• Aundra Weissert @ Fit for Life August 30, 2012, 9:37 am

    Thank you so much for this post. I find it’s harder to chat with non-runners about racing because many of them ask “so did you win?” Sometimes, even runner friends ask how fast I ran something.

    But speed isn’t always my goal. Sometimes, it is! For my most recent 10-mile race, I just wanted to run up all of the many hills. And I did!! I ended up running the whole time, too. So I felt like I succeeded even though my time was speed racer time.

  • TiffanyS August 30, 2012, 9:49 am

    My motto this year has been to train smarter not harder. I’m still working on this, but if I can make it through my second half marathon in October without getting bursitis in my knee, I’ll know I did something better this time and met my goal. Other goals I look if it is my first race of a new distance or a new variety (like Ragnar or the Paddle, Pedal, Run mini tri in my hometown) is to complete the challenge in one piece. So, that would be my C goal. B goal is to do better than I did the time before if I’ve done that race previously. A goal is my high level option of a PR. My kids always ask me if I win, and I say ‘Yup’ cause each time I cross the finish line is a win in my mind.

  • Teresa August 30, 2012, 9:54 am

    This post is just what I needed! I’m signed up for a tri relay team. I’ll be doing the cycling leg of an Olympic tri this weekend. I’ve never done a triathlon before, but have always thought it would be fun, so I signed up. I don’t have a road bike, just a hybrid bike, but I didn’t think it would be a big deal. However, since signing up, I’ve read a few tri blogs and discovered that my best times for the distance are way slow. I probably wouldn’t have signed up if I knew that! So I’m a little terrified right now. But maybe setting a different goal — like trying to keep upbeat — will make it more enjoyable.

    • CaitlinHTP August 30, 2012, 11:44 am

      No worries 🙂 Part of the reason your times are slow is because of your hybrid so definitely don’t compare yourself to riders with road bikes. Just have fun! Good luck!

  • Courtney August 30, 2012, 10:00 am

    Thank you, thank you, thank you! I have got my very first race, ever coming up and this was very helpful. I am getting nervous about the small things…like race etiquette, running with other people as I am used to running by myself, and if my technique is good enough. I think this race will break me in and I have also set small goals for myself, three of them, just in case. Great post!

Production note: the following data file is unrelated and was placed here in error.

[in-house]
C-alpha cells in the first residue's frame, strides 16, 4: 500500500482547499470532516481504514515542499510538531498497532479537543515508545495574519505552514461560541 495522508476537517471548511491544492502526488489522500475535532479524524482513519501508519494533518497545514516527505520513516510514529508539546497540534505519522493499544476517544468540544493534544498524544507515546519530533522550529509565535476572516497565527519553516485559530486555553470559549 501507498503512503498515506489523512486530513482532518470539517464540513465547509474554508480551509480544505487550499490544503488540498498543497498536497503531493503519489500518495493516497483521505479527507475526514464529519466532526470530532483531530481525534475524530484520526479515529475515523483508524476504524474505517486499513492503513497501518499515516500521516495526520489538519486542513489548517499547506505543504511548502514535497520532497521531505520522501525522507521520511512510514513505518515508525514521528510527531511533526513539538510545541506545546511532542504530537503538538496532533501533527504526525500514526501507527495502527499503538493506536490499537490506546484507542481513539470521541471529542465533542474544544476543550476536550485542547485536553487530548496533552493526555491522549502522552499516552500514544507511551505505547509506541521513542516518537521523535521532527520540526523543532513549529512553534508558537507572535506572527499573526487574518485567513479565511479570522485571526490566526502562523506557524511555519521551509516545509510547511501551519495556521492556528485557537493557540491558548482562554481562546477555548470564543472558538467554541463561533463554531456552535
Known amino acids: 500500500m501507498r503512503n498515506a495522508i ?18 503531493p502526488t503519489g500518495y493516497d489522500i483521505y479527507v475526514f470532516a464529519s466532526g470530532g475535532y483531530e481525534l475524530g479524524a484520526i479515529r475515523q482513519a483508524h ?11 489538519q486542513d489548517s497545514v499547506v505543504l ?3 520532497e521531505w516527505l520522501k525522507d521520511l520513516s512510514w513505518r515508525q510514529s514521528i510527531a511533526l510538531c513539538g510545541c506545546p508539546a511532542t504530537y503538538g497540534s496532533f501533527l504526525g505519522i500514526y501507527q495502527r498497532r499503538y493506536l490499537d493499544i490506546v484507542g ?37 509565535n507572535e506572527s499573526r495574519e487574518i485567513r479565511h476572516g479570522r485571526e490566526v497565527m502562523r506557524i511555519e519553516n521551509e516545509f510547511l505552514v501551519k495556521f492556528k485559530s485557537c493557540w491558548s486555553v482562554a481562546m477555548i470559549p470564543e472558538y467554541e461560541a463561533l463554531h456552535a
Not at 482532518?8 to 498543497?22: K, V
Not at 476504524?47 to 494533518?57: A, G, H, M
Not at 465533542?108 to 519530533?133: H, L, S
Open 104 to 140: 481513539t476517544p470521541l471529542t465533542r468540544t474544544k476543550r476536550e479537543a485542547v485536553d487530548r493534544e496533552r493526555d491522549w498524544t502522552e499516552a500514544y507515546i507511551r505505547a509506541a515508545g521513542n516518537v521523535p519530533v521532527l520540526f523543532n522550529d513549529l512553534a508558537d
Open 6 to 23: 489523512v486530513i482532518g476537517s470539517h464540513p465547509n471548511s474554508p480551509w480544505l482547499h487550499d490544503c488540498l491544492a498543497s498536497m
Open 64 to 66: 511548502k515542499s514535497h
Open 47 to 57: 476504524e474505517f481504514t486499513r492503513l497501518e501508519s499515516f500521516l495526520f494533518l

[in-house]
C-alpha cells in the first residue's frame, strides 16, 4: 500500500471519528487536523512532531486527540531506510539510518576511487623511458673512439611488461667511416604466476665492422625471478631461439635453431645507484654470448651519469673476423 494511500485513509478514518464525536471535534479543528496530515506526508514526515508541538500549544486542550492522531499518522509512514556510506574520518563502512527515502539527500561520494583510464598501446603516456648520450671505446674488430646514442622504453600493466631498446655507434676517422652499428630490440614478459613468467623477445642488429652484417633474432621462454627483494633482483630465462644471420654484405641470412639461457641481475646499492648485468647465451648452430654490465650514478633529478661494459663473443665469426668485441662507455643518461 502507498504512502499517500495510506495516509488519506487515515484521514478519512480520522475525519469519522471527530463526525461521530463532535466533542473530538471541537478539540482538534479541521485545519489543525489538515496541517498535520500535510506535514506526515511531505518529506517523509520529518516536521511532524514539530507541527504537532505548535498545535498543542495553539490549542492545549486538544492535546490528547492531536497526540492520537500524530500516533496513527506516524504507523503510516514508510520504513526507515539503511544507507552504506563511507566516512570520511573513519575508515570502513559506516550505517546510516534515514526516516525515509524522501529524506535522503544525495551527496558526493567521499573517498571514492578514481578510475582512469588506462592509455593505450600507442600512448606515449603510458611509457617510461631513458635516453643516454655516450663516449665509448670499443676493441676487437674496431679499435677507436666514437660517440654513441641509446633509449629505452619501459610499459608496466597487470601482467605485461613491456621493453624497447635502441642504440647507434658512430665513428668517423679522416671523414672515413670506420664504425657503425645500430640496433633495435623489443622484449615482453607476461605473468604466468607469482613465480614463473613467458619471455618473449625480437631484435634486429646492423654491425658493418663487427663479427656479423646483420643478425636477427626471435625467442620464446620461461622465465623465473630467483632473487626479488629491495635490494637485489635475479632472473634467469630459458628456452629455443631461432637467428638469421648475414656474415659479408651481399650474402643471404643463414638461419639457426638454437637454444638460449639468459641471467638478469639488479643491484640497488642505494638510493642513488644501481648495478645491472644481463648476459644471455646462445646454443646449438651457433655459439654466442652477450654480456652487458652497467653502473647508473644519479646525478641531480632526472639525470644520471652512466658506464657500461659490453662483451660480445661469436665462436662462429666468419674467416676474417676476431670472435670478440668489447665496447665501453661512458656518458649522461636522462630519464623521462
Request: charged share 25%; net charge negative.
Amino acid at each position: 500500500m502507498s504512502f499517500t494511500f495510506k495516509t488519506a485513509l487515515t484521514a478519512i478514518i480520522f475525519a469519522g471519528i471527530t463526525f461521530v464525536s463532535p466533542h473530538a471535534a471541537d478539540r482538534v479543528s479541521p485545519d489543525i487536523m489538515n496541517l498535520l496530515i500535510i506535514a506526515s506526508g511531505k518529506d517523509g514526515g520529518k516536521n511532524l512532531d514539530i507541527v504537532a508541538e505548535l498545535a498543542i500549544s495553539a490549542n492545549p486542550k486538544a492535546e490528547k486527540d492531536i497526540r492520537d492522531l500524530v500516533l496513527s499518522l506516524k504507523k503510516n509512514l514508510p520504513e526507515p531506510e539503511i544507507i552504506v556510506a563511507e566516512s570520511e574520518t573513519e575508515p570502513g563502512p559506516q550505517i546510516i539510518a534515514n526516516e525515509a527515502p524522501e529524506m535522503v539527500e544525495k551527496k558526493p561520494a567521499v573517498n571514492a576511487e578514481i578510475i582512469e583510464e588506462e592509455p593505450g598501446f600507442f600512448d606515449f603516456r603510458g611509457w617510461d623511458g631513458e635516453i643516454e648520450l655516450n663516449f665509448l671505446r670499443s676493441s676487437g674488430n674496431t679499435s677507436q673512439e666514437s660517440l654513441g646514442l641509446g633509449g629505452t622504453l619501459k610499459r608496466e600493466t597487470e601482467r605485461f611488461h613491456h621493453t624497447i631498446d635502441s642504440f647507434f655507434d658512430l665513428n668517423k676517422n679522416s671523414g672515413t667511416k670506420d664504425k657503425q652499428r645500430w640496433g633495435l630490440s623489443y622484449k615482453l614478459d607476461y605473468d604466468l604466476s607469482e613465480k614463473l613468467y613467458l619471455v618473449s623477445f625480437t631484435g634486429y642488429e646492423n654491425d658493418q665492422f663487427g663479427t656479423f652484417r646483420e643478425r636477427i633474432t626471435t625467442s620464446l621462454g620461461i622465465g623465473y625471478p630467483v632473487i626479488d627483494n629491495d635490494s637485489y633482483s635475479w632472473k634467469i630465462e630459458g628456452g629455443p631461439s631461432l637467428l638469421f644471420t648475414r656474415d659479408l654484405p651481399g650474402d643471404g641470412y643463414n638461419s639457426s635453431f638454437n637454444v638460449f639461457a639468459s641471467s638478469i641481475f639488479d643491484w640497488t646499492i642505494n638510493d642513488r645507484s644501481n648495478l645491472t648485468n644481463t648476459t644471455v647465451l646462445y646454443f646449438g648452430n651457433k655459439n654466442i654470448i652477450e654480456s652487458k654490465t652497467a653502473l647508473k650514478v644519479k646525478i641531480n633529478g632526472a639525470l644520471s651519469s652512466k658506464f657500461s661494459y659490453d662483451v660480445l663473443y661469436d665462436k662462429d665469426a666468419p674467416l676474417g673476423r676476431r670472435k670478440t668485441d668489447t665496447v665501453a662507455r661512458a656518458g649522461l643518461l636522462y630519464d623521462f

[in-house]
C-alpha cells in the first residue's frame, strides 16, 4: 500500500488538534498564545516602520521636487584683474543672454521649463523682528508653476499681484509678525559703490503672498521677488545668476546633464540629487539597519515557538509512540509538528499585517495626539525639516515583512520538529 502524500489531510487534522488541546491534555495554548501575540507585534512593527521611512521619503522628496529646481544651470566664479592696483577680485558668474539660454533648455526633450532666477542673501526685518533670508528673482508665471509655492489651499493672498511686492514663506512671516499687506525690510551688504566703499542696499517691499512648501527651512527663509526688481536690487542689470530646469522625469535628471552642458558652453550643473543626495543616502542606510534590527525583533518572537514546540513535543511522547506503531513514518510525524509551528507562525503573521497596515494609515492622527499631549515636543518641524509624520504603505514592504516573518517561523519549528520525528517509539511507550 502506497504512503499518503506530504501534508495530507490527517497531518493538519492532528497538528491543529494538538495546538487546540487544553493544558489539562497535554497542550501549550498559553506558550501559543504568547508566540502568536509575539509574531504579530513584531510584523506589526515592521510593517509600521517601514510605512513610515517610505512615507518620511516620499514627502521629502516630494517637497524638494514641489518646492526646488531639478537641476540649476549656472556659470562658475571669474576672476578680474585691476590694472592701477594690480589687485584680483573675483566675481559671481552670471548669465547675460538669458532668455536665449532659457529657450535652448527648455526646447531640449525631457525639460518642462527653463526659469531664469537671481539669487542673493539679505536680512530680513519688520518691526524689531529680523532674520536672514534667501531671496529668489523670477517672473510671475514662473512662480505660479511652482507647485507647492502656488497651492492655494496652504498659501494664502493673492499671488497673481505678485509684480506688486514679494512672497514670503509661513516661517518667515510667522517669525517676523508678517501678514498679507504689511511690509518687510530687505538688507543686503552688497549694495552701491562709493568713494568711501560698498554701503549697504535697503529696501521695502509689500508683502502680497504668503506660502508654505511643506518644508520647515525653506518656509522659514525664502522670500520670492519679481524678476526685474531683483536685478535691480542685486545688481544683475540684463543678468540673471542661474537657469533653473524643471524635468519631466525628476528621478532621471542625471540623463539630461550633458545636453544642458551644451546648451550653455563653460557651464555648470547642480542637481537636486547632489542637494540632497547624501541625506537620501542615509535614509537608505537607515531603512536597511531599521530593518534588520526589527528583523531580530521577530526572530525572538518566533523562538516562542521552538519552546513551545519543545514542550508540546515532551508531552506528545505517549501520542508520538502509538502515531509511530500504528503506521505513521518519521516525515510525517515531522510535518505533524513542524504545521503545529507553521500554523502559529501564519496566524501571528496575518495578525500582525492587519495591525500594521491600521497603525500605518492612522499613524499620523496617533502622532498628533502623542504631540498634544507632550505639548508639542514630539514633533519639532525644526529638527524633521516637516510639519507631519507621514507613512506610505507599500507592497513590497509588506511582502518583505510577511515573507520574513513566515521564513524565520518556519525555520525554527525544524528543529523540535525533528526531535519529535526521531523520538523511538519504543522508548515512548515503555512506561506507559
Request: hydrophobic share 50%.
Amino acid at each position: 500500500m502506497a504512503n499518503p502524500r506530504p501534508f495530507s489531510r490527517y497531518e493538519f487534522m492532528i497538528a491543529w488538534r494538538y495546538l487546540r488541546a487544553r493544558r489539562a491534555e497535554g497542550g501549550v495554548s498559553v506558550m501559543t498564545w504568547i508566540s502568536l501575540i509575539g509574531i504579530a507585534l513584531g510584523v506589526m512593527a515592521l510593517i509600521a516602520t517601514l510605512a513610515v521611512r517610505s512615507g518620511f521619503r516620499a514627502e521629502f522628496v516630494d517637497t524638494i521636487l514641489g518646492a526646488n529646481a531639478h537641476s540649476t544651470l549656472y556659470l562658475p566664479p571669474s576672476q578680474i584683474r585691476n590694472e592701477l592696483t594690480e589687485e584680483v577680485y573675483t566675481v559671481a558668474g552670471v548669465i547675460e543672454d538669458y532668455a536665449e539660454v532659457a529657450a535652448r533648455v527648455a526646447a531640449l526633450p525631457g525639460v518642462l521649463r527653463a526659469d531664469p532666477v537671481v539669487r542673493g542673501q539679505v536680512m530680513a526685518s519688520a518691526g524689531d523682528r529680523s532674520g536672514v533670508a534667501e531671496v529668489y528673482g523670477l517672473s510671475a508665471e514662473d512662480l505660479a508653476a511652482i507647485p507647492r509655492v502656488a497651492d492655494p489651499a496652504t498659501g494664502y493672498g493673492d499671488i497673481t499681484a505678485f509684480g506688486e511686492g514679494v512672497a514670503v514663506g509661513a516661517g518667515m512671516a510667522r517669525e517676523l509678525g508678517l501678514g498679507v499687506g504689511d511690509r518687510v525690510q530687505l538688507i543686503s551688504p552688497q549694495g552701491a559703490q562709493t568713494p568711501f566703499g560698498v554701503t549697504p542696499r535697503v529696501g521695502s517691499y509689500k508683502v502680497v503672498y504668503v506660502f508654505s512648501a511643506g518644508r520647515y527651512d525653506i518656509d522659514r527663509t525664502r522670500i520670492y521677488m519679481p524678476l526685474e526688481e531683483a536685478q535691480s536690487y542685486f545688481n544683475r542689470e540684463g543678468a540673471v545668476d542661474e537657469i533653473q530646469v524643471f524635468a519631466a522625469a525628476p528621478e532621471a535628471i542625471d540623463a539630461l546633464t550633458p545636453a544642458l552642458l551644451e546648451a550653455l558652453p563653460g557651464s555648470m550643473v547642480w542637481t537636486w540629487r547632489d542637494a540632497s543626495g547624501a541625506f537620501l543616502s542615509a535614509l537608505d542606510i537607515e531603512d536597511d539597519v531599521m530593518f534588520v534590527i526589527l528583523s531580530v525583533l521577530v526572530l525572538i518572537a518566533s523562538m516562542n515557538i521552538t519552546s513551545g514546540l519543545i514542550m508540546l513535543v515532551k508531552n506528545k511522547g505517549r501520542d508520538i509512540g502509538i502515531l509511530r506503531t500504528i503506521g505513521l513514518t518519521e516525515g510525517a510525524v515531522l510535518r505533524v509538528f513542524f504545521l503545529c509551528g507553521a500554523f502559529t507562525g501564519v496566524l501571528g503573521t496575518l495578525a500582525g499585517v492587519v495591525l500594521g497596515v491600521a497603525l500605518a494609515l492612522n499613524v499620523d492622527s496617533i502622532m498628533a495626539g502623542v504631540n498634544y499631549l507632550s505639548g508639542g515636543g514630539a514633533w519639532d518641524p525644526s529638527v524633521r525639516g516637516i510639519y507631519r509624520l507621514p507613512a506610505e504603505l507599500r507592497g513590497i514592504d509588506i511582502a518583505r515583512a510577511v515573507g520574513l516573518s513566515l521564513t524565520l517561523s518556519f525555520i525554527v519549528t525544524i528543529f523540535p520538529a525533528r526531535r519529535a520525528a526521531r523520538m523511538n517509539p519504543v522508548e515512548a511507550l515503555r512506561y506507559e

• Whitney August 30, 2012, 10:12 am

    This was great! I’ll never be a fast runner, nor will I ever win any sort of award in a race. It is just the way it is. The prize for me is the challenge in and of itself! I ran my first 10K in June and finished. That and maintaining a running form were my goals. I did it! I ran a trail 10K a few weekends ago. My goal was to finish! Very simple goal, if you ask me. But I did it! And I had fun and will do it again.

    Participating in the challenge and throwing away doubts and fears sets me up for success from the moment I confirm my registration. The race itself is secondary 😉

  • Colleen August 30, 2012, 10:22 am

    I am doing my first 10k next Saturday and I just want to finish it & have fun. If finishing it means walking some that is fine with me.

  • Joanne August 30, 2012, 10:31 am

    It’s tough to not have a time goal since during training, we do some speed drills, etc. But last years Boston Marathon forced most of us to let those goals fly. It was too hot and dangerous. Since I knew I could finish but not in the time hoped, my goal became “Enjoy the Experience”. It’s WONDERFUL to achieve a goal. I completely enjoyed enjoyed the race. There was so much to see and take in. It would have all been missed if my mind was focused on a timely finish.

  • Amber @ Busy, Bold, Blessed August 30, 2012, 10:36 am

    I ran the Broad Street Run (10 miles) in Philly last spring. It was my first double digit race and I really loved cheering for everyone around me. It pumped me up to pump everyone else up 🙂

  • Stellina @ My Yogurt Addiction August 30, 2012, 10:37 am

    Great post! I have been thinking a lot about race goals etc since I am doing my first half marathon in October. I would say my goal is to finish in one piece and still feel GREAT!

  • Lindsey Gail August 30, 2012, 10:48 am

    I ran one of my favorite races- it was my 9th year running it- this past August. I knew I wasn’t about to PR for this race, but I didn’t expect to finish with the absolute worst time either. I wanted to finish with a smile on my face and injury free, and ideally somewhere in the middle of my previous race times. About 4 miles in (of 8.4), there was a runner down on the side of the trail; he was receiving some assistance from one of the bikers who patrols the course. He was shaking pretty badly, and I expected this was the end of this race for him. I guess it hadn’t quite registered that it was a little warm for a Saturday morning in August, and definitely warmer than it had ever been for this particular race. So, mid-race, I had to change my mindset and really committed my goal to finishing without medical attention. Part of this meant finishing comfortably (well, without extreme discomfort), and the other part meant that I would not be suffering for the rest of my day as a result of my race exertion. I “allowed” myself to walk more, and made a point to snag water at every water stop, even if I didn’t feel like I needed it. And I met ALL of my goals- even the time one. I finished with a smile, injury free, without medical attention, exactly in the middle of all of my previous race times, and I could continue to smile about it the rest of the day (although I did require a nap later). Personally, I tend to think of time goals last. I don’t run with a Garmin, and races are the only times that I really have much of a clue about mile splits.